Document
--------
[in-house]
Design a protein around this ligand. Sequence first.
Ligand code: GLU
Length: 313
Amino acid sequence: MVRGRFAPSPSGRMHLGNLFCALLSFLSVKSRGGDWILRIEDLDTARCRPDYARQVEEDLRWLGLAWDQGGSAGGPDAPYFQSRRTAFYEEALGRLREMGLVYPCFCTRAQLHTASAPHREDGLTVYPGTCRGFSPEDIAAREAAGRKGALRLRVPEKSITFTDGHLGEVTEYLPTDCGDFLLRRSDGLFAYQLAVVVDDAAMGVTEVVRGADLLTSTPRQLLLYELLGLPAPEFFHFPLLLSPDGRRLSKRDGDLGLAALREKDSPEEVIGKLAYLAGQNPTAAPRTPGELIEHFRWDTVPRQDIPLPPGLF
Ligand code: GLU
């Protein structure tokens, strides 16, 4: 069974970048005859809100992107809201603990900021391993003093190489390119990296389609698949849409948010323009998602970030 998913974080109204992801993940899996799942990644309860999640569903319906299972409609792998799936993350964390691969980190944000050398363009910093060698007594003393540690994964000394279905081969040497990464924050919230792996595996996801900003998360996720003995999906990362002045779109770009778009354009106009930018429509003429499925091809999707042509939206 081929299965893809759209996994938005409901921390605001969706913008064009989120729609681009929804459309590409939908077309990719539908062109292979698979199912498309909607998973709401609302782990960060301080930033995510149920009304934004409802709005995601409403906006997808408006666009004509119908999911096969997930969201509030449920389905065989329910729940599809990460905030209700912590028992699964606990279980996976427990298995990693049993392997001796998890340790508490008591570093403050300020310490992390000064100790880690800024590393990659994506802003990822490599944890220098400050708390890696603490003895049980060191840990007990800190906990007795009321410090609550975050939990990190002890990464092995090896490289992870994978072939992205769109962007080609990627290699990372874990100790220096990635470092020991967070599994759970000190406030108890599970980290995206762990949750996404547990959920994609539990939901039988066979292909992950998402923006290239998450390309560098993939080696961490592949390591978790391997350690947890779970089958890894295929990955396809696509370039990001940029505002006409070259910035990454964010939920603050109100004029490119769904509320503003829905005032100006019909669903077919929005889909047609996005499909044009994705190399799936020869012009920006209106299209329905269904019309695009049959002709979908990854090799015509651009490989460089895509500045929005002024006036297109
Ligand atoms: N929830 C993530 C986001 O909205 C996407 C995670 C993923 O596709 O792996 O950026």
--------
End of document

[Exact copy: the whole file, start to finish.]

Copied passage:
[in-house]
Design a protein around this ligand. Sequence first.
Ligand code: GLU
Length: 313
Amino acid sequence: MVRGRFAPSPSGRMHLGNLFCALLSFLSVKSRGGDWILRIEDLDTARCRPDYARQVEEDLRWLGLAWDQGGSAGGPDAPYFQSRRTAFYEEALGRLREMGLVYPCFCTRAQLHTASAPHREDGLTVYPGTCRGFSPEDIAAREAAGRKGALRLRVPEKSITFTDGHLGEVTEYLPTDCGDFLLRRSDGLFAYQLAVVVDDAAMGVTEVVRGADLLTSTPRQLLLYELLGLPAPEFFHFPLLLSPDGRRLSKRDGDLGLAALREKDSPEEVIGKLAYLAGQNPTAAPRTPGELIEHFRWDTVPRQDIPLPPGLF
Ligand code: GLU
């Protein structure tokens, strides 16, 4: 069974970048005859809100992107809201603990900021391993003093190489390119990296389609698949849409948010323009998602970030 998913974080109204992801993940899996799942990644309860999640569903319906299972409609792998799936993350964390691969980190944000050398363009910093060698007594003393540690994964000394279905081969040497990464924050919230792996595996996801900003998360996720003995999906990362002045779109770009778009354009106009930018429509003429499925091809999707042509939206 081929299965893809759209996994938005409901921390605001969706913008064009989120729609681009929804459309590409939908077309990719539908062109292979698979199912498309909607998973709401609302782990960060301080930033995510149920009304934004409802709005995601409403906006997808408006666009004509119908999911096969997930969201509030449920389905065989329910729940599809990460905030209700912590028992699964606990279980996976427990298995990693049993392997001796998890340790508490008591570093403050300020310490992390000064100790880690800024590393990659994506802003990822490599944890220098400050708390890696603490003895049980060191840990007990800190906990007795009321410090609550975050939990990190002890990464092995090896490289992870994978072939992205769109962007080609990627290699990372874990100790220096990635470092020991967070599994759970000190406030108890599970980290995206762990949750996404547990959920994609539990939901039988066979292909992950998402923006290239998450390309560098993939080696961490592949390591978790391997350690947890779970089958890894295929990955396809696509370039990001940029505002006409070259910035990454964010939920603050109100004029490119769904509320503003829905005032100006019909669903077919929005889909047609996005499909044009994705190399799936020869012009920006209106299209329905269904019309695009049959002709979908990854090799015509651009490989460089895509500045929005002024006036297109
Ligand atoms: N929830 C993530 C986001 O909205 C996407 C995670 C993923 O596709 O792996 O950026």